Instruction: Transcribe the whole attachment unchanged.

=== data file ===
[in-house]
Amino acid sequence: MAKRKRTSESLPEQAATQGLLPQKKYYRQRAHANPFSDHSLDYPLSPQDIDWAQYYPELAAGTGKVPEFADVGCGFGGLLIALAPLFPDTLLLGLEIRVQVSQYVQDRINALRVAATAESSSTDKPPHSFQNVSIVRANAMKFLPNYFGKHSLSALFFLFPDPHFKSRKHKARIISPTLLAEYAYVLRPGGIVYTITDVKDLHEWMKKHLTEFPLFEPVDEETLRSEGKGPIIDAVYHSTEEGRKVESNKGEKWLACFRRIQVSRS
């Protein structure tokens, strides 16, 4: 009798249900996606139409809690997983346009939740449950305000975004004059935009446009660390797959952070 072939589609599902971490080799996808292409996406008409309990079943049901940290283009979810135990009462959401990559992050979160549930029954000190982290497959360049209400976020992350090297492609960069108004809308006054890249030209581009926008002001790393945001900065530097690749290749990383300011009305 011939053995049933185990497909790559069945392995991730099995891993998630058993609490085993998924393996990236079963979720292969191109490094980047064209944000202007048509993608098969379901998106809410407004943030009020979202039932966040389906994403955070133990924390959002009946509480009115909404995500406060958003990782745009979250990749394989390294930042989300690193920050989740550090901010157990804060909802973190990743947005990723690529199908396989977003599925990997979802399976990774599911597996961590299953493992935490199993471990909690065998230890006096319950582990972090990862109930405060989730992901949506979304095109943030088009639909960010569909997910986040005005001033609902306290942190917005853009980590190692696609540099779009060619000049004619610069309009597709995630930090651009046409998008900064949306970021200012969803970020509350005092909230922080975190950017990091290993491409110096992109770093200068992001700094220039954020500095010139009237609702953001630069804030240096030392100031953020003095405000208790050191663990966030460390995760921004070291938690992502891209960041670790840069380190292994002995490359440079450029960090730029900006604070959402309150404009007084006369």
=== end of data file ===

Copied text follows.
[in-house]
Amino acid sequence: MAKRKRTSESLPEQAATQGLLPQKKYYRQRAHANPFSDHSLDYPLSPQDIDWAQYYPELAAGTGKVPEFADVGCGFGGLLIALAPLFPDTLLLGLEIRVQVSQYVQDRINALRVAATAESSSTDKPPHSFQNVSIVRANAMKFLPNYFGKHSLSALFFLFPDPHFKSRKHKARIISPTLLAEYAYVLRPGGIVYTITDVKDLHEWMKKHLTEFPLFEPVDEETLRSEGKGPIIDAVYHSTEEGRKVESNKGEKWLACFRRIQVSRS
């Protein structure tokens, strides 16, 4: 009798249900996606139409809690997983346009939740449950305000975004004059935009446009660390797959952070 072939589609599902971490080799996808292409996406008409309990079943049901940290283009979810135990009462959401990559992050979160549930029954000190982290497959360049209400976020992350090297492609960069108004809308006054890249030209581009926008002001790393945001900065530097690749290749990383300011009305 011939053995049933185990497909790559069945392995991730099995891993998630058993609490085993998924393996990236079963979720292969191109490094980047064209944000202007048509993608098969379901998106809410407004943030009020979202039932966040389906994403955070133990924390959002009946509480009115909404995500406060958003990782745009979250990749394989390294930042989300690193920050989740550090901010157990804060909802973190990743947005990723690529199908396989977003599925990997979802399976990774599911597996961590299953493992935490199993471990909690065998230890006096319950582990972090990862109930405060989730992901949506979304095109943030088009639909960010569909997910986040005005001033609902306290942190917005853009980590190692696609540099779009060619000049004619610069309009597709995630930090651009046409998008900064949306970021200012969803970020509350005092909230922080975190950017990091290993491409110096992109770093200068992001700094220039954020500095010139009237609702953001630069804030240096030392100031953020003095405000208790050191663990966030460390995760921004070291938690992502891209960041670790840069380190292994002995490359440079450029960090730029900006604070959402309150404009007084006369």